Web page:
That said, I agree with your premise and would add that nothing will get solved no matter what side you are on, until we start from facts. Traffic for instance: Napa did a traffic study and found that the majority of the traffic issues were from employees. If that is the case, and we want less traffic – then the solution should be finding ways to keep employees from commuting instead of tourists from visiting.

    But let’s acknowledge there is a traffic problem that likely is helped along with tourists on the weekends and peak tourism season. The solutions that are being discussed are to make it harder for small wineries to succeed and limit their visitation and events. Not discussed anywhere is that (I’m going from memory so give me a little leeway) 60% of the tourists are going to one of 5 wineries in the valley, each of whom have unlimited visitation. So to your point, we can make it harder on the small wineries to succeed, but its not going to impact traffic to limit them. We will still be talking about this a decade from now with this approach to the problem.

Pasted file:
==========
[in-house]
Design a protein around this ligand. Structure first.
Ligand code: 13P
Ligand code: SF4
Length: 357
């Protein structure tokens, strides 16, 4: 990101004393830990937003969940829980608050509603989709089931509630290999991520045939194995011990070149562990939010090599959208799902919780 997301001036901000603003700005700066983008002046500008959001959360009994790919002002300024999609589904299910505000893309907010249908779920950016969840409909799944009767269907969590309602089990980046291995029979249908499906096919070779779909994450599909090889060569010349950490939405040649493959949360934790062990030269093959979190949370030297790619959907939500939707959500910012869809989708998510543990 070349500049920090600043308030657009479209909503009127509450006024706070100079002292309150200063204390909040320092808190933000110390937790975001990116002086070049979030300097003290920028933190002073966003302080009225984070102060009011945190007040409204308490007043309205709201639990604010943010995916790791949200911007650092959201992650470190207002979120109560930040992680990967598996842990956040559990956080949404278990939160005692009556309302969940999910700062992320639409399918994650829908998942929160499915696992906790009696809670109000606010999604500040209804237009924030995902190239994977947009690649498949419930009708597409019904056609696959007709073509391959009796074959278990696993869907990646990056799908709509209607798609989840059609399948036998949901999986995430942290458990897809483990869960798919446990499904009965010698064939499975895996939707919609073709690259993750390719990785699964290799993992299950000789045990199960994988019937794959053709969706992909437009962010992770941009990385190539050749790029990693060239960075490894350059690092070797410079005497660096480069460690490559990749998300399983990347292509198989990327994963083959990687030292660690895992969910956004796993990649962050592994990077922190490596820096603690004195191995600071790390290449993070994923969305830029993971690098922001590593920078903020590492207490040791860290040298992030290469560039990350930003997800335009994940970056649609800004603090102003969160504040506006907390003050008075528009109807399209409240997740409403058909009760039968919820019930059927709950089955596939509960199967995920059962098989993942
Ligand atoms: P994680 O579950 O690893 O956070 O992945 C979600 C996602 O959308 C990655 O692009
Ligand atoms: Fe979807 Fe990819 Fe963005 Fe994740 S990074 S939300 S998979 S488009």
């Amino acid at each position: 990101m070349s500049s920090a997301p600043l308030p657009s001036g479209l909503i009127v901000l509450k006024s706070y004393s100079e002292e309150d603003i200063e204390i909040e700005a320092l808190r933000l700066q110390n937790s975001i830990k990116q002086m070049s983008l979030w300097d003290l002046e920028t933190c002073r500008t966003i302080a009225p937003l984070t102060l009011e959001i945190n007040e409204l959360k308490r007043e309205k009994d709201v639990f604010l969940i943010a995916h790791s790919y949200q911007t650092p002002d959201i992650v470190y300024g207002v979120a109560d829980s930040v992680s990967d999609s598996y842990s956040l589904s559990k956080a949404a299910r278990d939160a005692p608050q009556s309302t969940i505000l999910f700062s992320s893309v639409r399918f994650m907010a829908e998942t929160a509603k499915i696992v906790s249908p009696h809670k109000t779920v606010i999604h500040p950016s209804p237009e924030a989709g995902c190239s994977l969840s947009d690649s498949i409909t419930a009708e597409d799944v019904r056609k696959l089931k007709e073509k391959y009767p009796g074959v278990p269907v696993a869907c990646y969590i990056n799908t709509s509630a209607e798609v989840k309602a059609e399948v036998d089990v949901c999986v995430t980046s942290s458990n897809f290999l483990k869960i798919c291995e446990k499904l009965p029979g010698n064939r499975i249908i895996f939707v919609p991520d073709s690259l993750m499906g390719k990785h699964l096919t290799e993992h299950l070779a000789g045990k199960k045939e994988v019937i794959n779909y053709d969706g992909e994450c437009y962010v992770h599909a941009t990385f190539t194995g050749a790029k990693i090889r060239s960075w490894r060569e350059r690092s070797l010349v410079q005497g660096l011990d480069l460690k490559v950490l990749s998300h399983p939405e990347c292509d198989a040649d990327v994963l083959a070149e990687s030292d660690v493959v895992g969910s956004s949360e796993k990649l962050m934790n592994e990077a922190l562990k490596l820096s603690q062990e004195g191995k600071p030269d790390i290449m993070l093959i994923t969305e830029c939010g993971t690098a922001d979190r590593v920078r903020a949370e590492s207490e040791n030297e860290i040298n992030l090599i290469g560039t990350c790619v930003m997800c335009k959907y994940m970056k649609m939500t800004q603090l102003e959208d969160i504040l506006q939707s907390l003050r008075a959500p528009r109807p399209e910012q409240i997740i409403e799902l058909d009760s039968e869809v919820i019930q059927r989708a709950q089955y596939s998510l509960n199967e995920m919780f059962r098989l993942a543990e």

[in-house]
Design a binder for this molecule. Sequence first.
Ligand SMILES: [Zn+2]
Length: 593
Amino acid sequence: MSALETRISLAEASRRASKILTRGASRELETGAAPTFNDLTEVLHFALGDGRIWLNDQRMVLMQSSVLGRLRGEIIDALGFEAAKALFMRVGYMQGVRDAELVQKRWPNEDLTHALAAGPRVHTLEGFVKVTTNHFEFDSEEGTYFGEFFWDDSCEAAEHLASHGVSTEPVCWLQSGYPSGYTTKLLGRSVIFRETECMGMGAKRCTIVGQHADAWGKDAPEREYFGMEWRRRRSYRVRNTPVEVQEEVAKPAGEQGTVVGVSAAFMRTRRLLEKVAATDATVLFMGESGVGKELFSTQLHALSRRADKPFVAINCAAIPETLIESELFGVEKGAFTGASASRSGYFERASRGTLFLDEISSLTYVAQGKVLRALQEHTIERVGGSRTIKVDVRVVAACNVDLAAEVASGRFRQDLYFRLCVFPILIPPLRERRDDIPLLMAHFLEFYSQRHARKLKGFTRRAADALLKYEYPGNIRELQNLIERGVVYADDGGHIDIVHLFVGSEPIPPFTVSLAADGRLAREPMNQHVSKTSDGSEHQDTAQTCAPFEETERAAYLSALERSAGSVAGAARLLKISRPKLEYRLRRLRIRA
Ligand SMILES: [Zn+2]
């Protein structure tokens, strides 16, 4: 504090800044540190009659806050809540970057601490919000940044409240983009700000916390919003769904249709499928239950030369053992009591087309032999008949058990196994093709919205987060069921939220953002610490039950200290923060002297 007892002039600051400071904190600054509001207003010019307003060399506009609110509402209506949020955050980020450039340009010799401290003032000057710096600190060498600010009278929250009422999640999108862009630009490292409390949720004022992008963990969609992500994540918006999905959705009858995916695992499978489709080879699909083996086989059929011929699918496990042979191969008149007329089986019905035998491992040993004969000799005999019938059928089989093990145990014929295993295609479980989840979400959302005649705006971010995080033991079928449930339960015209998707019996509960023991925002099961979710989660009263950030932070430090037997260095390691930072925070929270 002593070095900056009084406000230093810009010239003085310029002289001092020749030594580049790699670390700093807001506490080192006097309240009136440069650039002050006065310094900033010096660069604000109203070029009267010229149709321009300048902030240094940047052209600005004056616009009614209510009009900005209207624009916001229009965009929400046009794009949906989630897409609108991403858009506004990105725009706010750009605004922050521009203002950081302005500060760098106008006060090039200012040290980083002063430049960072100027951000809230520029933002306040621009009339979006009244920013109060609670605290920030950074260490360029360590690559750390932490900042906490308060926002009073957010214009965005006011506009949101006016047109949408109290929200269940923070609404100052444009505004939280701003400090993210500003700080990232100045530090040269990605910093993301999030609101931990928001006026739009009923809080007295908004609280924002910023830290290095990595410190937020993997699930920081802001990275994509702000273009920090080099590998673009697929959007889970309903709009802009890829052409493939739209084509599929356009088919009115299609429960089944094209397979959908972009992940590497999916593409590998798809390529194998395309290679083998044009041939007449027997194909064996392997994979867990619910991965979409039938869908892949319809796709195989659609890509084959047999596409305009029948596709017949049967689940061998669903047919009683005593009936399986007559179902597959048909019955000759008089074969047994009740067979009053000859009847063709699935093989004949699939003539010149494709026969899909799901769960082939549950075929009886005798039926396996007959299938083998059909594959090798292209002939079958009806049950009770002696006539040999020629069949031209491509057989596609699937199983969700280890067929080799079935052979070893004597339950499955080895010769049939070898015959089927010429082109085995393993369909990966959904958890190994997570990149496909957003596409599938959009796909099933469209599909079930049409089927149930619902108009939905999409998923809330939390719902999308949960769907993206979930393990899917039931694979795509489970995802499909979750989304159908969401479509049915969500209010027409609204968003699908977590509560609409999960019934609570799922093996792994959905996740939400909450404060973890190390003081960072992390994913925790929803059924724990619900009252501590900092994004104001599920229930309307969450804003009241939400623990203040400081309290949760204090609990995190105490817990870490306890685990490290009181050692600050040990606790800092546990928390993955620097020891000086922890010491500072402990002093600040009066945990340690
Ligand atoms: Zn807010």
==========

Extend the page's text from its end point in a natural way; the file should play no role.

Last thing I’d bring up is the Ag Ordinance itself. The narrative is the Ag Ordinance is about protecting agriculture, and yet when the ordinance was made – it was put in place to protect the valley against unfettered RESIDENTIAL DEVELOPMENT. Wineries largely supported the ordinance and considered part of agriculture at the time.